Simon Stojanovic's TIKL was bustling with business types from nearby office towers on recent weekday. Though it's only officially been open since September 21, the restaurant's design, menu format and location seem to indicate that it will be a success.
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Whether the food will create repeat customers, however, remains to be seen. Brickell is fraught with bad, overpriced restaurants that seem to survive despite their faults.
Stojanovic joined forces with restaurateur Claude Giordano to create a small plate menu on the ground floor of 1450 Brickell, a gleaming 40-story tower that opened in 2010. Glancing over the offerings you might be reminded of Midtown's Sugarcane, managed by the team by Sushi Samba and headed by chef Timon Balloo.
Short rib "tacos" ($16) came out of the kitchen moments after being ordered. Butter-soft braised short rib meat is stuffed inside a dense bao bun topped with horseradish sour cream. The bun is not quite as hot as we like, and needed a squirt of sriracha. It's not the best, or cheapest, bun in the city but a fine, filling start to a meal.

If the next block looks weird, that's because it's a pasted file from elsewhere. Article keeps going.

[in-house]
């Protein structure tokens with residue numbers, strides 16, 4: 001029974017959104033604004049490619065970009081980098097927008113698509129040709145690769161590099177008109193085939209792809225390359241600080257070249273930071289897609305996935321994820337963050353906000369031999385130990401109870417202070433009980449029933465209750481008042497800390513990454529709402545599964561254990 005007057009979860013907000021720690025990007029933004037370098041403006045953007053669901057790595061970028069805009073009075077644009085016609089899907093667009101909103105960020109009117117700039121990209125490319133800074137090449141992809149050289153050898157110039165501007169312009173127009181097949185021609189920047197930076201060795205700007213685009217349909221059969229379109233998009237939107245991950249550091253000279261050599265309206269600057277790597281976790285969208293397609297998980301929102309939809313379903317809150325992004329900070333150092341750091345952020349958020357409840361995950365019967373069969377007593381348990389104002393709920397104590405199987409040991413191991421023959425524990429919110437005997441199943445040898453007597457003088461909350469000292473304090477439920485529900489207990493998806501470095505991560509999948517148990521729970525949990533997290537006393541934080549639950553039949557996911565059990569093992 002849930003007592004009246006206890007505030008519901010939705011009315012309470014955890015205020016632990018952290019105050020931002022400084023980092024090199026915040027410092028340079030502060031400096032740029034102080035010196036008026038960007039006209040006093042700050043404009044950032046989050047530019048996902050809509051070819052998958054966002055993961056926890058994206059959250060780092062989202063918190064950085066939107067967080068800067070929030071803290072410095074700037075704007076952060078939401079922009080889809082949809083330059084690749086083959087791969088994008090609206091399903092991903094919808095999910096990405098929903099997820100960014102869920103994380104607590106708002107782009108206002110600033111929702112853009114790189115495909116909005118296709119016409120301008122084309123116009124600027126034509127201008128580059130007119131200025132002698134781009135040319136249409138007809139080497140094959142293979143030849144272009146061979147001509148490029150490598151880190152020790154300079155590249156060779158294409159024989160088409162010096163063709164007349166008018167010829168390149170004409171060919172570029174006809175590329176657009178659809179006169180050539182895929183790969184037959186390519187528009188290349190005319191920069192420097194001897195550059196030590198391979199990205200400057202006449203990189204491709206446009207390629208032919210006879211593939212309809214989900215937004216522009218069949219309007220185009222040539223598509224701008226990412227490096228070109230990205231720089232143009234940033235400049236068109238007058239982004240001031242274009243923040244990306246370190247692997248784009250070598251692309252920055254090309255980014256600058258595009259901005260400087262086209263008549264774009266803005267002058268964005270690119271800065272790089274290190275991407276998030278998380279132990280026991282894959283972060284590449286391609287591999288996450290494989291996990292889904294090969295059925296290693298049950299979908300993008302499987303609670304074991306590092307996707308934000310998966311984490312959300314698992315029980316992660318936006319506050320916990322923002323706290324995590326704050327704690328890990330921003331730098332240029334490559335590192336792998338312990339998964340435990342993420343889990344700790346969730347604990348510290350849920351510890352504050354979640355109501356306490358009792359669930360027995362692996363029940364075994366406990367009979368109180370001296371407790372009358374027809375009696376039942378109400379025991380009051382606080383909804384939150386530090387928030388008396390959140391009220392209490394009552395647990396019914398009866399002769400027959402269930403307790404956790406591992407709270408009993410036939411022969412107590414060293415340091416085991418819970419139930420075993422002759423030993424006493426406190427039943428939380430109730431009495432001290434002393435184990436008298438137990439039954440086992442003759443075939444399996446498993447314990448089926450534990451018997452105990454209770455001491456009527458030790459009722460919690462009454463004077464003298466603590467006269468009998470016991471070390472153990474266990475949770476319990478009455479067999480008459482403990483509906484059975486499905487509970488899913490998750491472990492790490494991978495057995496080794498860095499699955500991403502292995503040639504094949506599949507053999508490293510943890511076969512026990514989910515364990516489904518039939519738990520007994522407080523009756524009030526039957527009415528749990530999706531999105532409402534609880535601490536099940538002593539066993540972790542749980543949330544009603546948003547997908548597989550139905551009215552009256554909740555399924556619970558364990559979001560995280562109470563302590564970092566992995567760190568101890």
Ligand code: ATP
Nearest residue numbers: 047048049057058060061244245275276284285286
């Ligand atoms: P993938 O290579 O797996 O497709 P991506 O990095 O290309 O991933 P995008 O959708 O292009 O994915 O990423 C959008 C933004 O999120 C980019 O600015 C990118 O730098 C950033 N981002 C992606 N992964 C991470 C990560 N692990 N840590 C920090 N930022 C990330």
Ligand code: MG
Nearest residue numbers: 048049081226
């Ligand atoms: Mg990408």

The tables and walls are covered in greyish wood slabs that seems as though they were sanded and designed to look reclaimed. A false, exposed brick wall sits behind the bar and pictures of under-construction high rises add to the urban feel.
Meanwhile a line of translucent snapper slices ($10), cured for one hour in salt, arrived and was one of the most deceiving dishes. After the first bite, all I could taste was an orange tootsie roll pop. We're not sure whether this was Stojanovic's intent, but the combination of orange zest and an orange-infused oil on the plate overpower the fish and remind one of those childhood lollipops.
Stojanovic is present at all times, expediting food from the open kitchen and craning his neck to see how customers are reacting to the plates. A chalkboard across from the entrance offers daily specials like Hamachi collar and $12 sandwich classics, such as a BLT.
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Lastly came two skewers off the robata grill with perfectly grilled, boneless chicken thighs ($6). As a disclaimer this is one of my favorite proteins, and I'll gush even over a bad portion. Yet TIKL's are good, and come with a hint of smoky flavor from the grill and a slick of tare, a Japanese barbecue sauce made with sake and chicken drippings. The folded up skin could've been cooked a bit crispier, but wasn't chewy.
This one is worth a shot. Frankly, we're just thrilled it's not another soulless sushi joint or Irish pub.
For more follow Zach on Twitter @ZachIsWeird.